The new berthing software system evaluates a ship’s controllability and visualizes accident risks in real time by analyzing information such as distance to the wharf, ship speed, ship-performance parameters, tugboat arrangement and wind, tide and weather data.

The ship operator can use a tablet to confirm the relative position and approach speed of the vessel and to assess accident risk.

Trials on actual vessels have been conducted, and NYK plans to gradually introduce the system to its managed ships. JMS will offer it for sale within the industry. 

Last year, NYK completed a new concept for a ship's bridge and employed it on a large container ship currently being managed by the NYK Group. The space and nautical instruments on the new bridge have been ergonomically arranged and designed to take advantage of IoT aspects of instruments and to improve the safety and efficiency of vessel operation.

The new concept makes use of an integrated console that is about two-thirds the size of a conventional one and enables officers to check essential navigational information and navigate the vessel at the same time. The shape of the bridge has been optimized to ensure clear sight from a sitting position. A seat helps officers better grasp the situation around the ship, and a joystick type autopilot system has been adopted to help officers in a sitting position easily maneuver the vessel. A mini manual wheel has been installed on the console for steering in an emergency.

The new bridge has been equipped with larger windows, and the gap between the windows has been minimized to reduce dead visibility angles. Wipers are operated by remote control.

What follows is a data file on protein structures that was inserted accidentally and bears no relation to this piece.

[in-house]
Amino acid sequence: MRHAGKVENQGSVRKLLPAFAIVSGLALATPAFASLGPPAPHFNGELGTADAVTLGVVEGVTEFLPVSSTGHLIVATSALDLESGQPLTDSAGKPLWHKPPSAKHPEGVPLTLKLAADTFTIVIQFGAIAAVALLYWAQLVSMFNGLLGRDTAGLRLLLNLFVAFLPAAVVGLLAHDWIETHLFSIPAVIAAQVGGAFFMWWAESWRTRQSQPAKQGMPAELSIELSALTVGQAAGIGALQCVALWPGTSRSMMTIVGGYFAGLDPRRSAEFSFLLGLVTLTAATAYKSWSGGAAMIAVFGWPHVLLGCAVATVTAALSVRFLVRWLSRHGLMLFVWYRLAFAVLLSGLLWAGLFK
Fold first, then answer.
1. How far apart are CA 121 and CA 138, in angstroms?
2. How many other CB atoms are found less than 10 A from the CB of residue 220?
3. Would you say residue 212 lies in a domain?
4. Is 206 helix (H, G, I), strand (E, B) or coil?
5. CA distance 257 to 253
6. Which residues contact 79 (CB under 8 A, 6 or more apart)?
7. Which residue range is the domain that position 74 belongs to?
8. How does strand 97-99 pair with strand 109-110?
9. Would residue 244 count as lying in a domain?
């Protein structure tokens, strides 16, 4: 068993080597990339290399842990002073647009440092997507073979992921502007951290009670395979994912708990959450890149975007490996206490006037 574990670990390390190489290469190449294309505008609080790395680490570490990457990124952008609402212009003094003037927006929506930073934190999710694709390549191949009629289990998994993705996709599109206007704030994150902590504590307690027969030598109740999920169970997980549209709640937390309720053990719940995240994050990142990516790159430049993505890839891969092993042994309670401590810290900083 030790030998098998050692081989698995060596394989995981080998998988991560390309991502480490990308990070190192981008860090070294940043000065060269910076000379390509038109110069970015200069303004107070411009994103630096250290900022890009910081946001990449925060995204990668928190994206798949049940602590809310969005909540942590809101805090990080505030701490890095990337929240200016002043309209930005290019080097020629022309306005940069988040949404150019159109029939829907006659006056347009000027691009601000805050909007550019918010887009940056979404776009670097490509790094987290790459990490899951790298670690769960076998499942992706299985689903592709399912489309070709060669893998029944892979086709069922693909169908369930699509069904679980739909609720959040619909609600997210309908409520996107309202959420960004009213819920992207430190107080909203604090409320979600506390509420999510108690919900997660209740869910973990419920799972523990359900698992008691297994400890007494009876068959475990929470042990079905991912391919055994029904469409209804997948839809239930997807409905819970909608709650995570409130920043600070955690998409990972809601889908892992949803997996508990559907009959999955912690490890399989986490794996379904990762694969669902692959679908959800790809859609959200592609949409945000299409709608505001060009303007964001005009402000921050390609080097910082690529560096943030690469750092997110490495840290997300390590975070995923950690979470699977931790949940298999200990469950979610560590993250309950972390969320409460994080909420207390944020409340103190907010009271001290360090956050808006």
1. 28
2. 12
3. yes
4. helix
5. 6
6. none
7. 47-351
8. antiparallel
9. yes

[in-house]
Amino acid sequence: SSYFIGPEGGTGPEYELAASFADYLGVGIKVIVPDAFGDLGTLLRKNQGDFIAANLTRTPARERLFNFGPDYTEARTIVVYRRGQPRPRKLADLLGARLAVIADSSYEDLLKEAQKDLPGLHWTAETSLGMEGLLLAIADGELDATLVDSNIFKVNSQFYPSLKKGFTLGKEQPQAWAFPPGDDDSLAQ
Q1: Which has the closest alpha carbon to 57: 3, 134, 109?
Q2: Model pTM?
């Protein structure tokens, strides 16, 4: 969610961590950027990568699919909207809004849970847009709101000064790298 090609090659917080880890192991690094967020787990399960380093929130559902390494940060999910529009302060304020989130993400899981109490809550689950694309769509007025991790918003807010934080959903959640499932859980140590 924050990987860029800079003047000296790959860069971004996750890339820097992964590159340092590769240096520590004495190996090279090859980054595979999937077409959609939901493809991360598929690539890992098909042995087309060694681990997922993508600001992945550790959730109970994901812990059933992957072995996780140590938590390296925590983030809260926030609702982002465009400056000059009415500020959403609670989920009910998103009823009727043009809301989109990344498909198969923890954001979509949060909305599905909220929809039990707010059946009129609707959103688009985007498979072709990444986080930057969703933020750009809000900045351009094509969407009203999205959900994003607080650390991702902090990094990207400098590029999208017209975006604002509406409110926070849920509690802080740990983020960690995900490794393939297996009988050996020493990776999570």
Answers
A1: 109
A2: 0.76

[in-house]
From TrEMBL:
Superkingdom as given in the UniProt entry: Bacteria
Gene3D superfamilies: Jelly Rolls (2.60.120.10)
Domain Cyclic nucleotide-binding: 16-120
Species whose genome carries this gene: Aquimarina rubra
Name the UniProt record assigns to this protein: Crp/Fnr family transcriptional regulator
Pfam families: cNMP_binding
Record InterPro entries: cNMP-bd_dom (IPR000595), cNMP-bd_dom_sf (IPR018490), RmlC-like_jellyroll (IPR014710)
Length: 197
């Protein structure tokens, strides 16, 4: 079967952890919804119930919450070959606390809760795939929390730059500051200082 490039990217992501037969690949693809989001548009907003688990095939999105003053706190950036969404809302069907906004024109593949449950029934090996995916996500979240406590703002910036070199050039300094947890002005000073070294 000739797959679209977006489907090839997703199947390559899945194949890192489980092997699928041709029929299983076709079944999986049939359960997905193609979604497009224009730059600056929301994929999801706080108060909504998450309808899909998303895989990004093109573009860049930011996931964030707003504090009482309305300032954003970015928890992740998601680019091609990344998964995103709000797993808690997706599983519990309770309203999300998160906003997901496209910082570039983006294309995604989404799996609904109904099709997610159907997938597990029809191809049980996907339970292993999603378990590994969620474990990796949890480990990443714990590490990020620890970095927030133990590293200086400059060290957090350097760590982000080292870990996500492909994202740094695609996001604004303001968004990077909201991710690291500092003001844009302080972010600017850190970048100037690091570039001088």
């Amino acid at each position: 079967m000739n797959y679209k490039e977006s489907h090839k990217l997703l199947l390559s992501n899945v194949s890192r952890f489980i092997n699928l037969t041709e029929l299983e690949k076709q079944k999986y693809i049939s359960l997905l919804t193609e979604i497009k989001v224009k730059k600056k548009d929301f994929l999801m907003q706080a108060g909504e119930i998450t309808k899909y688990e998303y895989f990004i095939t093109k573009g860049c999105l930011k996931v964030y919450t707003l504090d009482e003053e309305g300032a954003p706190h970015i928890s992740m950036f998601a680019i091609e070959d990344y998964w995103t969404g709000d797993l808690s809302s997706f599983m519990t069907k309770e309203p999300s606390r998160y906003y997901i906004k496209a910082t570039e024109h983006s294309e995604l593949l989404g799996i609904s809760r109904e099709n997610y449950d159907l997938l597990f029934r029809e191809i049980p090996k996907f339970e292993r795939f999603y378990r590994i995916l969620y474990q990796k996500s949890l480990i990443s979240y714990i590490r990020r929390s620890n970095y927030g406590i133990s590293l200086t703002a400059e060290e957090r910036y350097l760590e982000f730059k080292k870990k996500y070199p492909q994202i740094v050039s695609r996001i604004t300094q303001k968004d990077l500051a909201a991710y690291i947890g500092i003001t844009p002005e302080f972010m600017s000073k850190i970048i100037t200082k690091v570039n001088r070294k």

At the bridge wing, a narrow walkway extends outward from both sides of a pilothouse, allowing the ship to be maneuvered for entering/leaving harbor and berthing/un-berthing operation. This wing takes advantage of large windows and floor windows and is equipped with an integrated control stand that can remotely control the main propulsion, rudder and bow thruster. A multi-function display, a workstation that can conduct some tasks at the same time, such as checking and operating navigational information, the radar and ECDIS, is also located on the wings.

NYK has decided to adopt this new bridge on pure car and truck carriers and crude oil tankers and is currently considering other types of vessels. 

The technology used in this system, as well as the berthing support software, is expected to be applied to the automatic shore-arriving system for manned autonomous ships that the NYK Group has been working to implement. 

Oil Slick Spotted Near Sunken Grande America Off France
by Mike Schuler
Wednesday, March 13, 2019
French authorities said an oil slick measuring several miles long has been spotted in the vicinity of the sunken ship Grande America in the Bay of Biscay one day after its sinking. The oil was spotted during an overflight of a French Navy Maritime Patrol Aircraft and confirmed by the response vessel VN Sapeur which remains in the area.  […]

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WP_Post Object ( [ID] => 2829 [post_author] => 1 [post_date] => 2013-03-14 04:31:37 [post_date_gmt] => 2013-03-14 04:31:37 [post_content] =>